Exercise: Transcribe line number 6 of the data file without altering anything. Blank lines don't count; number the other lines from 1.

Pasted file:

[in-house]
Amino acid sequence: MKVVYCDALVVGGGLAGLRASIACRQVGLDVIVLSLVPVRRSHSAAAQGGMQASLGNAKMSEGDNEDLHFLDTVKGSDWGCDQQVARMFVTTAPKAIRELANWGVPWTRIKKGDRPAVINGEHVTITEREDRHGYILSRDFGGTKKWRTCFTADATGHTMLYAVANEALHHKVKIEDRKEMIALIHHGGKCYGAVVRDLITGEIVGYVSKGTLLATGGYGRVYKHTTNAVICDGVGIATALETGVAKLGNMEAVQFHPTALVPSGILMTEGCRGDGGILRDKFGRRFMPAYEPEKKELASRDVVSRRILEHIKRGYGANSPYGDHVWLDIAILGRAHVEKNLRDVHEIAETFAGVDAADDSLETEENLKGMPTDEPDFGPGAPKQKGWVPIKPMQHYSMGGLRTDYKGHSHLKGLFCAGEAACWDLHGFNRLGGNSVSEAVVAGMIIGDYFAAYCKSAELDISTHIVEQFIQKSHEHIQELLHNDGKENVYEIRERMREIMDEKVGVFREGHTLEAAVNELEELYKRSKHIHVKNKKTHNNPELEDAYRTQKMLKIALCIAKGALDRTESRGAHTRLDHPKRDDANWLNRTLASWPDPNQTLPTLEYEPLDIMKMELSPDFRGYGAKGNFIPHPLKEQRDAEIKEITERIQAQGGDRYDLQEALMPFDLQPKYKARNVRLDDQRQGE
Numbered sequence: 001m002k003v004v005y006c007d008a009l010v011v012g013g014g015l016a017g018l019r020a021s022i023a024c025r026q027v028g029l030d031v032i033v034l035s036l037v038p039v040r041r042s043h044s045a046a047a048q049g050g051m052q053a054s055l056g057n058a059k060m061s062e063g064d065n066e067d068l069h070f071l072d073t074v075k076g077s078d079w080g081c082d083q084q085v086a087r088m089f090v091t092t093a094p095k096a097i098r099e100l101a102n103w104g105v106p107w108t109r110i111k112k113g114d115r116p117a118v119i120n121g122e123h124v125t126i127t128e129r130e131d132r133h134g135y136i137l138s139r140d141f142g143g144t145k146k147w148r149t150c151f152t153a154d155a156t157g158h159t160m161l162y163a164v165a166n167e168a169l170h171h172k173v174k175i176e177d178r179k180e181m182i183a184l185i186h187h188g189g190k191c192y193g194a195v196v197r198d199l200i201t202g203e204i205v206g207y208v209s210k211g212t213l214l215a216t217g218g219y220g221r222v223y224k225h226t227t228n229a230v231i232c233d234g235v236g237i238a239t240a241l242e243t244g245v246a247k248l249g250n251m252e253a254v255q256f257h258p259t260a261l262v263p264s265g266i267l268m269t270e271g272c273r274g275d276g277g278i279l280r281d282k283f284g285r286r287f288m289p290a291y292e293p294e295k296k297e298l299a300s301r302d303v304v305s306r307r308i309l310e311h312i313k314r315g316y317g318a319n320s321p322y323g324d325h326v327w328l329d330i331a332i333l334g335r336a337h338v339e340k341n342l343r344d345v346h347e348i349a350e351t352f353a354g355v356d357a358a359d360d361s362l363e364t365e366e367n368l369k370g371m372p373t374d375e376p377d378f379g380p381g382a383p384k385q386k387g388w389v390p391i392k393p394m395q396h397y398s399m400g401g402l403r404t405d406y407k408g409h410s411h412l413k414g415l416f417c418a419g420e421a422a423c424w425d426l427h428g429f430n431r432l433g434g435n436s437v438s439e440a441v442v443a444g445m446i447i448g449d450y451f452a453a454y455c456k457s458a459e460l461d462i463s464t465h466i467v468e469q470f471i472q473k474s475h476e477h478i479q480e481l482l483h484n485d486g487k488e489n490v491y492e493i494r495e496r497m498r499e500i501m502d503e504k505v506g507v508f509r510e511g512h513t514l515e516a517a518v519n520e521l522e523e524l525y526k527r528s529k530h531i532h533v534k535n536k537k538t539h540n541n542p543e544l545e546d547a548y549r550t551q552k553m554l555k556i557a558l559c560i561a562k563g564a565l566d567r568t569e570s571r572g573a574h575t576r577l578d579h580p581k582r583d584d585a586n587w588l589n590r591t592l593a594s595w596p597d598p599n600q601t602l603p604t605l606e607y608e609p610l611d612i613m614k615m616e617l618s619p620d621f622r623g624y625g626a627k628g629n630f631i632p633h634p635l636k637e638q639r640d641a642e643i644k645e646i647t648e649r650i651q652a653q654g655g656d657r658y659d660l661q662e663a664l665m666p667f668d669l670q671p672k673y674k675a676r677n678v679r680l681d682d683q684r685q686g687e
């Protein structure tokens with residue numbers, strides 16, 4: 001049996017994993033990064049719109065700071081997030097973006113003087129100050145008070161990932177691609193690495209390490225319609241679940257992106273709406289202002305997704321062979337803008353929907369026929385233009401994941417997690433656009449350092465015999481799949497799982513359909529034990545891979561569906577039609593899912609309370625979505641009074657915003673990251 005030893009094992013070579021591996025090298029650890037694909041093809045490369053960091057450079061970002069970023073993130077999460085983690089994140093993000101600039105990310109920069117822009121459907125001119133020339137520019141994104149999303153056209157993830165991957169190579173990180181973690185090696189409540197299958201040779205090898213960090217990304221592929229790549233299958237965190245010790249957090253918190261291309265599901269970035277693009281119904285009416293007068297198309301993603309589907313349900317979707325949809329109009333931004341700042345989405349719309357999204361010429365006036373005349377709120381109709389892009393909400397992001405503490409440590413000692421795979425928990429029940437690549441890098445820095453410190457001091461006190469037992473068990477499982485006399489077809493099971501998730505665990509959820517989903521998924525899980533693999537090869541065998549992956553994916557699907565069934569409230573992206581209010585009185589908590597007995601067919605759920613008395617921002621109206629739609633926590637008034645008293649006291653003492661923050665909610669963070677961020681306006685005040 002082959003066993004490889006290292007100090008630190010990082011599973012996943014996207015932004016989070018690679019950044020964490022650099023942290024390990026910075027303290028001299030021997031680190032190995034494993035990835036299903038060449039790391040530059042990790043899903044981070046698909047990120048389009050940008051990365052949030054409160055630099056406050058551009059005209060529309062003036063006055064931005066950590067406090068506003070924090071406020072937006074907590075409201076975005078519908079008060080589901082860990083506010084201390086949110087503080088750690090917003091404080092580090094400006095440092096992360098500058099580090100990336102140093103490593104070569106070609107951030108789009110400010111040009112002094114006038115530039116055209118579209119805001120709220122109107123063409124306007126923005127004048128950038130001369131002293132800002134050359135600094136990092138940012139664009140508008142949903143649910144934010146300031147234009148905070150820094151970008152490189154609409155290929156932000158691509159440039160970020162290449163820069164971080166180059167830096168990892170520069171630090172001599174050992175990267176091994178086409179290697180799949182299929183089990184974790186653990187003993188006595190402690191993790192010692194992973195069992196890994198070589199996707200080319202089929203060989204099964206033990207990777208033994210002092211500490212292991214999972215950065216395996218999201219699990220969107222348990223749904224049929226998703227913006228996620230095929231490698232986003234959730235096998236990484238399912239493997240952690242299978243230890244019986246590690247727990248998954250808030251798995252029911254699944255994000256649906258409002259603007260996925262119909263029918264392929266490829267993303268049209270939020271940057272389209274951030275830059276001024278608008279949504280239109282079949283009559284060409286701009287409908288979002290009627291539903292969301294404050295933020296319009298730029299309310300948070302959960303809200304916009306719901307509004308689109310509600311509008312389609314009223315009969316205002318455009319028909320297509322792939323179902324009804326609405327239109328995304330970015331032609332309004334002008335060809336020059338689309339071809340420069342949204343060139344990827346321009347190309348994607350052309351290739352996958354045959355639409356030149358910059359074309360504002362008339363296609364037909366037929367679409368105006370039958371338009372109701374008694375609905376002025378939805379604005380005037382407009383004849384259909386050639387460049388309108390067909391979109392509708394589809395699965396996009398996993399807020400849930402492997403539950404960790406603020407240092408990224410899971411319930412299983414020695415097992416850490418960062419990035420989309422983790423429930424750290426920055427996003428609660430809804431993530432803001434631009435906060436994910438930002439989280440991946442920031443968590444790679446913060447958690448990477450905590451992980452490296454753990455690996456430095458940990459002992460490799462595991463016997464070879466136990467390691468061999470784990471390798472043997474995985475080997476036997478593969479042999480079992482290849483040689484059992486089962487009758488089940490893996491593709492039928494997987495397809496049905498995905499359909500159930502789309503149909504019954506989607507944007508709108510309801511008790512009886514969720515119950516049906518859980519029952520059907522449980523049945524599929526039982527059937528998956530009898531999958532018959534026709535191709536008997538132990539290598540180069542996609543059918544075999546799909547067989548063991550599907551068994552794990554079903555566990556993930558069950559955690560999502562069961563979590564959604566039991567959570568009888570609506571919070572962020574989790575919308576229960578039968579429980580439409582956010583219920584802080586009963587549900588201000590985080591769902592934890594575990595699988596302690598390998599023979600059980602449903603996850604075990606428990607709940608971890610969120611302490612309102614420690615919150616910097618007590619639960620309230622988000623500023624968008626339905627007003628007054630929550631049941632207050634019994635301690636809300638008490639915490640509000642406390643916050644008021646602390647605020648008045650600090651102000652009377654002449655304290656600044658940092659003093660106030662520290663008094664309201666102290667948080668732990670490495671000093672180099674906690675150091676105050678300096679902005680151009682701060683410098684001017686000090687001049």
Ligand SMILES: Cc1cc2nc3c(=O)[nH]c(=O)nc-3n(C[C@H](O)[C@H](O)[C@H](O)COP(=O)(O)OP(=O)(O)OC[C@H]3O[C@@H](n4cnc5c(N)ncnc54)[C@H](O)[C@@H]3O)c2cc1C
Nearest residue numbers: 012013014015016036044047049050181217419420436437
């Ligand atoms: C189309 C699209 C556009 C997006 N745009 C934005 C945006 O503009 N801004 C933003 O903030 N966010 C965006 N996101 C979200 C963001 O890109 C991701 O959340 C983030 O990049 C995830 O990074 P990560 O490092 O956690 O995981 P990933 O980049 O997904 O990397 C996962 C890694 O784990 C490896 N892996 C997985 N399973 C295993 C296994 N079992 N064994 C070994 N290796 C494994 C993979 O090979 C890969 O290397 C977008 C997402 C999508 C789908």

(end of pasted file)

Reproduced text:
Nearest residue numbers: 012013014015016036044047049050181217419420436437